On the other hand, if you’re running a contest, sweepstakes or other promotional offer, fans don’t respond well to direct or aggressive language.

Softer-sell keywords such as “winner,” “win,” “winning” and “events” will make fans excited rather than feeling like they’re being sold to.

Aggressive promotional keywords like “contest,” “promotion,” “sweepstakes” and “coupon” will turn them off.

#5: Ask Questions

Asking a question is a surefire way to elicit comments, but not all questions are created equal. How and where you ask a question matters.

questions

Place questions at the end of posts to increase engagement.

Questions placed at the end of a post increased engagement by 15% over questions placed at the beginning.

Where,” “when” and “should” drive the highest engagement rates, with “would” generating the most likes. Avoid asking “why” questions, which have the lowest like and comment rates.

Beauty retailer Sephora has mastered the art of when to use action keywords, promotional keywords and questions to get fans engaged.

This Facebook post generated 38,028 likes, 2,188 comments and 4,778 shares.

sephora

Combining action keywords like “shop” with soft-sell keywords like “score” will encourage fans to take action. End your post with a question to get 15% more engagement.

For even more tips, read 5 Ways to Increase Your Facebook Engagement.

Now it’s your turn.

What do you think? Did you find these tips helpful? How do you keep your fans engaged? Please share your questions and comments in the box below.
Source: Social Media Examiner

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AIG + All Blacks: Sharing a Vision of the Future

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What’s Holding You Back From Taking Full Advantage Of The Cloud? – Infographic

Few words in tech have had more buzz over the past couple years than the omnipresent “cloud.” Cloud computing has ushered in a new era of technology, changed the way many companies do business and facilitated the age of mobile devices and social networking.

But not every organization has been so quick to flock to the cloud. A major outage to cloud computing servers used by Instagram this summer showed the potential pitfalls for businesses and brands.

The following infographic from CA Technologies’ CloudViews is based on a recent survey of IT leaders; it shows just how and why some companies have been slow to adapt.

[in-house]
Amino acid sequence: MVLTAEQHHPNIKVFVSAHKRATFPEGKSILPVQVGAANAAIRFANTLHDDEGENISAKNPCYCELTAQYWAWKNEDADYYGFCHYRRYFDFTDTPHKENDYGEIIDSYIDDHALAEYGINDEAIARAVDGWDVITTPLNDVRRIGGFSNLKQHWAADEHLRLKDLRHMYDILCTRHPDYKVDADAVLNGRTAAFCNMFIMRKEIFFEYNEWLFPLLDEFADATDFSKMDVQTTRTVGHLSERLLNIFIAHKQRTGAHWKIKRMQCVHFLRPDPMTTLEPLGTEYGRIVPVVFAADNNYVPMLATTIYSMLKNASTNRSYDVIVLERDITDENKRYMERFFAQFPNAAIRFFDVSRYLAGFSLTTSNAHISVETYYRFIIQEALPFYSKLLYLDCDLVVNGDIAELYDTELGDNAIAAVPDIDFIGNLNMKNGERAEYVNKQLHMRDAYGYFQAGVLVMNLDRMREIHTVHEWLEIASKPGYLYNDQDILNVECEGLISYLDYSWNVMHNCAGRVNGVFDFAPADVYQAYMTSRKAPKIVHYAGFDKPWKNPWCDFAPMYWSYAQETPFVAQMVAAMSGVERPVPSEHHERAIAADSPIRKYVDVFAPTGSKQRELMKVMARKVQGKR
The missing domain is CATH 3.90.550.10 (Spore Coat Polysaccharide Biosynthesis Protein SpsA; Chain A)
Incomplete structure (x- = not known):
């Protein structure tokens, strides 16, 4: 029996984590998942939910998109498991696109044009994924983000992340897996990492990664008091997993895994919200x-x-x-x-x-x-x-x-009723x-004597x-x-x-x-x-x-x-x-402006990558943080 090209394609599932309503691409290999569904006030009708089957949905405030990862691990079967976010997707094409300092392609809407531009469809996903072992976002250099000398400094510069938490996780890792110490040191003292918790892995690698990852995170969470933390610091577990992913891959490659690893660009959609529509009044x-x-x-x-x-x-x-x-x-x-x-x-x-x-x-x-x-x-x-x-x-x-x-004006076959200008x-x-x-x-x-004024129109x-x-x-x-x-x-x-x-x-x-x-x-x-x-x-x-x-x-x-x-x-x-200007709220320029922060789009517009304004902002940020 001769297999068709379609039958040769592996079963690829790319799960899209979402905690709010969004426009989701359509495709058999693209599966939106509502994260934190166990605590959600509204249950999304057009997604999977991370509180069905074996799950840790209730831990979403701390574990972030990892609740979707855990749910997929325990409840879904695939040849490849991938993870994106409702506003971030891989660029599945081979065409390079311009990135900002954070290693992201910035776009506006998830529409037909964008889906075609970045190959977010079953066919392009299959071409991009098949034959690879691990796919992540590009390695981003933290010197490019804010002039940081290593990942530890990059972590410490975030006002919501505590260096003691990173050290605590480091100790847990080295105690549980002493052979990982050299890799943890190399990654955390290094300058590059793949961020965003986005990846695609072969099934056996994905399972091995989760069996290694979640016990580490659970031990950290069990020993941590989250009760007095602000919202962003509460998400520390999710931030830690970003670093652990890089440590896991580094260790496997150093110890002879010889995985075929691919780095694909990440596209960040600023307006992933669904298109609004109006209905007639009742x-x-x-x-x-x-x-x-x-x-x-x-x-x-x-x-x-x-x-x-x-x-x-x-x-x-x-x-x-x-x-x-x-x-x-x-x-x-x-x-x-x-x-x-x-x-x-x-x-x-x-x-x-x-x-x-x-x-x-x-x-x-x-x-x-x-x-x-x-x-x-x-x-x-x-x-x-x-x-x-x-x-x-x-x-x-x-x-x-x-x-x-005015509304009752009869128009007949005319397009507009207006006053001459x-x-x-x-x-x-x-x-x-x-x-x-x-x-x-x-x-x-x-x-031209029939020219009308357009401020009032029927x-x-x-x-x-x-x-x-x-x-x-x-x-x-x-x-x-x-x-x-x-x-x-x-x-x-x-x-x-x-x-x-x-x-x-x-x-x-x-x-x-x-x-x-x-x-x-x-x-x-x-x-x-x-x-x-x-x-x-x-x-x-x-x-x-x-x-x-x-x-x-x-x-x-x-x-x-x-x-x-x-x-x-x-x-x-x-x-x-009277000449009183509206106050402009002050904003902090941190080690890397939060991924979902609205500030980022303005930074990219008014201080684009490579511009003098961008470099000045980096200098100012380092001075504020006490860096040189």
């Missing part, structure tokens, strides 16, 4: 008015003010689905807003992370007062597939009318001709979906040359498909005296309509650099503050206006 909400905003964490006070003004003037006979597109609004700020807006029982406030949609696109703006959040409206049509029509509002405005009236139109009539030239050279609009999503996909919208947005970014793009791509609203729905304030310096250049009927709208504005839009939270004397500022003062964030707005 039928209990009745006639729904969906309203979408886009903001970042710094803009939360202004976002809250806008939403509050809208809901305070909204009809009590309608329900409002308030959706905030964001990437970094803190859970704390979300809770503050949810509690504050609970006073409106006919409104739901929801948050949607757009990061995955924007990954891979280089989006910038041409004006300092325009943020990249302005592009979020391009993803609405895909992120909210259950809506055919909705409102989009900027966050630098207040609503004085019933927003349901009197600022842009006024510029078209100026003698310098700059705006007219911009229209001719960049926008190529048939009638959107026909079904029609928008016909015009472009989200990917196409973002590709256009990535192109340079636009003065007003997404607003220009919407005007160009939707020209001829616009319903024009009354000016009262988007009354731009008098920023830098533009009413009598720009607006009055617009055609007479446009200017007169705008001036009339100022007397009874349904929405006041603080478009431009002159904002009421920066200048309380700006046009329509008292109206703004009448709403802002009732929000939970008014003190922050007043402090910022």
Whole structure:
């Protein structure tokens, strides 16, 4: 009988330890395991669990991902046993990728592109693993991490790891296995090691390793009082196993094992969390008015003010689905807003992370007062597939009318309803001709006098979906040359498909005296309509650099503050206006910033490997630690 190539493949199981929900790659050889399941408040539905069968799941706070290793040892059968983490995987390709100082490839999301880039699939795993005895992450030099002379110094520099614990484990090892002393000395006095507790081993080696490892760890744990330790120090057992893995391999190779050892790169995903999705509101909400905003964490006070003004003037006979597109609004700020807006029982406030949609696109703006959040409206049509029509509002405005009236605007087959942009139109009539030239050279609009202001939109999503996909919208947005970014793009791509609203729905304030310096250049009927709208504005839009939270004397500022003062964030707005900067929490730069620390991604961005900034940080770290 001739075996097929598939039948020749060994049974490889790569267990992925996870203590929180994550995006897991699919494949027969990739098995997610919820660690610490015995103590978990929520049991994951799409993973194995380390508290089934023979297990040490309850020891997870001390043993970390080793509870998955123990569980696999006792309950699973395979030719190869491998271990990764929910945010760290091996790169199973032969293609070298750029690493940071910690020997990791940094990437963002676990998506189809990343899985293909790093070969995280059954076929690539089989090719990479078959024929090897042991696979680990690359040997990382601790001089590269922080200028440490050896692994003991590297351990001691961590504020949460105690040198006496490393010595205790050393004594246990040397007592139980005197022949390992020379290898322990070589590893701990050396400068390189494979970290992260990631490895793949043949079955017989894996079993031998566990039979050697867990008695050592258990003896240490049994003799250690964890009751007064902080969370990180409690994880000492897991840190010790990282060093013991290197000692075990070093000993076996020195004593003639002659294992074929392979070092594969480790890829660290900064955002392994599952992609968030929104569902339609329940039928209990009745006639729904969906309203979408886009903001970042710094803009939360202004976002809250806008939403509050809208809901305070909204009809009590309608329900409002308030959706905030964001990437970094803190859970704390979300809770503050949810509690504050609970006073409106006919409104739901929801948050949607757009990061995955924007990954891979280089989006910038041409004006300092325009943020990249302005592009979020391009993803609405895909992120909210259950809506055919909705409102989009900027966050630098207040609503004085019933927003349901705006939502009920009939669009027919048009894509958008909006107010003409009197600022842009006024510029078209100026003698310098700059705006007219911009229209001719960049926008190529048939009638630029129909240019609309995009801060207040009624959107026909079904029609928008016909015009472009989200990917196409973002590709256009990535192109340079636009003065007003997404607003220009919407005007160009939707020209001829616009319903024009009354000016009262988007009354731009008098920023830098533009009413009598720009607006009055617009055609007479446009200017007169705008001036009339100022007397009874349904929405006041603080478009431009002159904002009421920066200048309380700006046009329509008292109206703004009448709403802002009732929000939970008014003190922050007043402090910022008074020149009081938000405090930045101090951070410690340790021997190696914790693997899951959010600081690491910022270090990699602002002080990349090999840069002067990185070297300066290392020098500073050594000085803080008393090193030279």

Among its more interesting findings: While 80% of respondents say cloud computing drives innovation, more than 50% say they had no immediate plans to implement it. Why the disconnect? Job anxiety could be one reason. A shade under half of respondents say they believe companies will have to create entirely new IT jobs to accommodate a transition to the cloud, while 56% say cloud computing will require current employees to learn new skills.

For more, check out the full infographic below. Then, tell us in the comments: Do you think cloud computing is critical for all organizations today, or can some afford to sit out?

Source: Mashable.com, CA Technologies

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Global Most InDemand Employers – Infographic

LinkedIn released a list Wednesday of the 100 most in-demand employers, based on interactions between the more than 175 million professionals and companies on the social network, including how often professionals visit and follow a company’s page.

Tech companies — and particularly software companies — dominated the list. Google ranked highest overall and proved to be the top company for marketing professionals, software engineers and students. Apple and Microsoft ranked second and third on the list, respectively, while Facebook came in fourth. Other tech companies like Salesforce and Twitter ranked among the top 20 companies worldwide.

Interestingly, LinkedIn found that half of the 100 most sought after companies were smaller businesses with fewer than 7,000 employees. As LinkedIn points out in the report, “Bigger isn’t always better.”

The infographic breaks down some of the data by category and region. You can check out the full list of companies on LinkedIn’s website.

Source: Mashable.com, LinkedIn

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The Social Sickness: Social Media Addiction – Infographic

Social media addiction: a disease likely affecting millions, but one that’s hard to track because it comes in many forms. The afflicted may reveal themselves as serial likers. They may have push notifications set for the most minor of social media updates. They may self-identify as “mavens,” “gurus” or “ninjas.”

But regardless of their appearance, they do walk among us. Of that we can be sure.

The following infographic, which comes by way of the marketing software company Marketo, details 10 of the most common types of social media fiends.

There’s “The Constant Checker,” who can’t go more than a few minutes without looking at his Twitter mentions or Instagram likes. There’s the Klout-obsessed “Self-Proclaimed Influencer.” There’s also the “Multi-Mayor,” who has to check in to a location every time she moves ten feet.

Any of these stereotypes hit a little too close to home? We certainly have to admit some do here. Check out the full infographic  for more. Then let us know in the comments — which of these personalities do you identify with? Are there any you would add?

Source: Mashable.com, Marketo